Understanding the Asset Management Landscape
Our hope is that the framework we outline below will allow investors to differentiate among investment management products based on a few key characteristics. First, let’s define a few concepts that are central to understanding the investments industry:
- Alpha: Formally, alpha represents the intercept estimate from a regression of an investment strategy against various risk-factors. In English, alpha is exposure to a different risk/return profile that may not be in your current portfolio (which is highly valuable).
- Tracking Error: The standard deviation between a strategy’s returns and a benchmark’s returns. In other words, how closely a portfolio follows, or “tracks,” an index. To the extent one cares about being close to a benchmark, tracking error is important. P.S. If you want to be vastly different than the market, tracking error is a positive indicator.
- Active Share: This measure quantifies how different a manager invests compared to a benchmark. A good proxy for active share is simply the number of securities in a portfolio. For example, a manager that holds 50 equally-weighted stocks will likely have a much higher Active Share than a manager that holds 500 market-weighted stocks. High Active typically means High Tracking Error and vice versa (not always). 5
- Passive Index: By construction, passive index portfolios are designed to have no differentiation from the broad market. A good example of an index strategy is the Vanguard S&P 500 Index Fund. This fund does not attempt to add Alpha, but seeks to match the performance of the S&P 500 index with minimal tracking error. Here is a post on the subject.
With some basic concepts under our belt, we can now explore the asset management industry. We break the industry into three main categories:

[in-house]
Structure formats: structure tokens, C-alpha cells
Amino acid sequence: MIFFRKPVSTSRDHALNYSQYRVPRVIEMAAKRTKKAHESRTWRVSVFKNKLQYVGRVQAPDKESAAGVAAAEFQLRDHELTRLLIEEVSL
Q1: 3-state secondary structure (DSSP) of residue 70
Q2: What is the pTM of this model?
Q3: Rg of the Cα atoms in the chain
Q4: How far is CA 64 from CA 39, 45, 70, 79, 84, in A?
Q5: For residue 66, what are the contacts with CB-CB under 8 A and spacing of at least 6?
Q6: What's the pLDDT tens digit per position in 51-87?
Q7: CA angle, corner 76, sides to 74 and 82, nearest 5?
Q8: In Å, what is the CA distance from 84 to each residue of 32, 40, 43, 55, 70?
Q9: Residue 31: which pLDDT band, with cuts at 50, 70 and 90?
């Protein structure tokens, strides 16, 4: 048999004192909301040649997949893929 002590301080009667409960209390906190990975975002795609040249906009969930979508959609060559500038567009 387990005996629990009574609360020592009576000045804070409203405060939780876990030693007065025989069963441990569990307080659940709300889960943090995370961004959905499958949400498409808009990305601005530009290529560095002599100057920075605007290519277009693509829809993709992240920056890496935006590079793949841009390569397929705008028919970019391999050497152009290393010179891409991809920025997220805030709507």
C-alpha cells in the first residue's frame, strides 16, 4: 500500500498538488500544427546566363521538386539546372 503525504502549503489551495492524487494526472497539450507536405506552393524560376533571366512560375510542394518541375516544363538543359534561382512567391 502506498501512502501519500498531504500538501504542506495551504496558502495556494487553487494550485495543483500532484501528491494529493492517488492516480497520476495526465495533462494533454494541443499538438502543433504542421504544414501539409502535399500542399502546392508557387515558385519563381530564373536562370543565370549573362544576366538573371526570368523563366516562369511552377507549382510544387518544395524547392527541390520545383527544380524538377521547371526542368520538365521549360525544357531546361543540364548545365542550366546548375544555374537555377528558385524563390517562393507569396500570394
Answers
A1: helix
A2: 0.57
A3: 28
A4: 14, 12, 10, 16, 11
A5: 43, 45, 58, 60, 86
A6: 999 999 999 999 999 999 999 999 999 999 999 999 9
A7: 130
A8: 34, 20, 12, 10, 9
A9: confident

- Passive Index Products: Index (“Passive”) products offer no alpha, no tracking error, and no Active Share.
- These funds, typified by Vanguard’s products, have a high number of securities, low expense ratios (<20bps), and low marketing costs. (Think about the Wal-Mart example).
- “Closet Index” or “Smart Beta” Products: Closet Index products, sometimes referred to as “smart beta,” offer little differentiation, little tracking error, and little Active Share.
- These funds typically have a large number of securities, low to high-level expense ratios (25-100bps), and high marketing costs. (Think Sales Rep marketing fancy mayo, but spooning Wal-Mart mayo into tiny bottles).
- Active Products: Active products, often delivered via mutual fund or hedge fund vehicles, are characterized by high expected alpha, high tracking error, and high Active Share.
- These funds have a low number of securities (<50), high expense ratios (75bps – 200bps+), and extremely high marketing costs.
To win in the Passive Index game one needs to be Vanguard. To win in Closet Index / Smart Beta or Active an asset manager needs to be a marketing machine. Alpha Architect is not Vanguard and is not a marketing machine. So we are creating our own category: Affordable Alpha.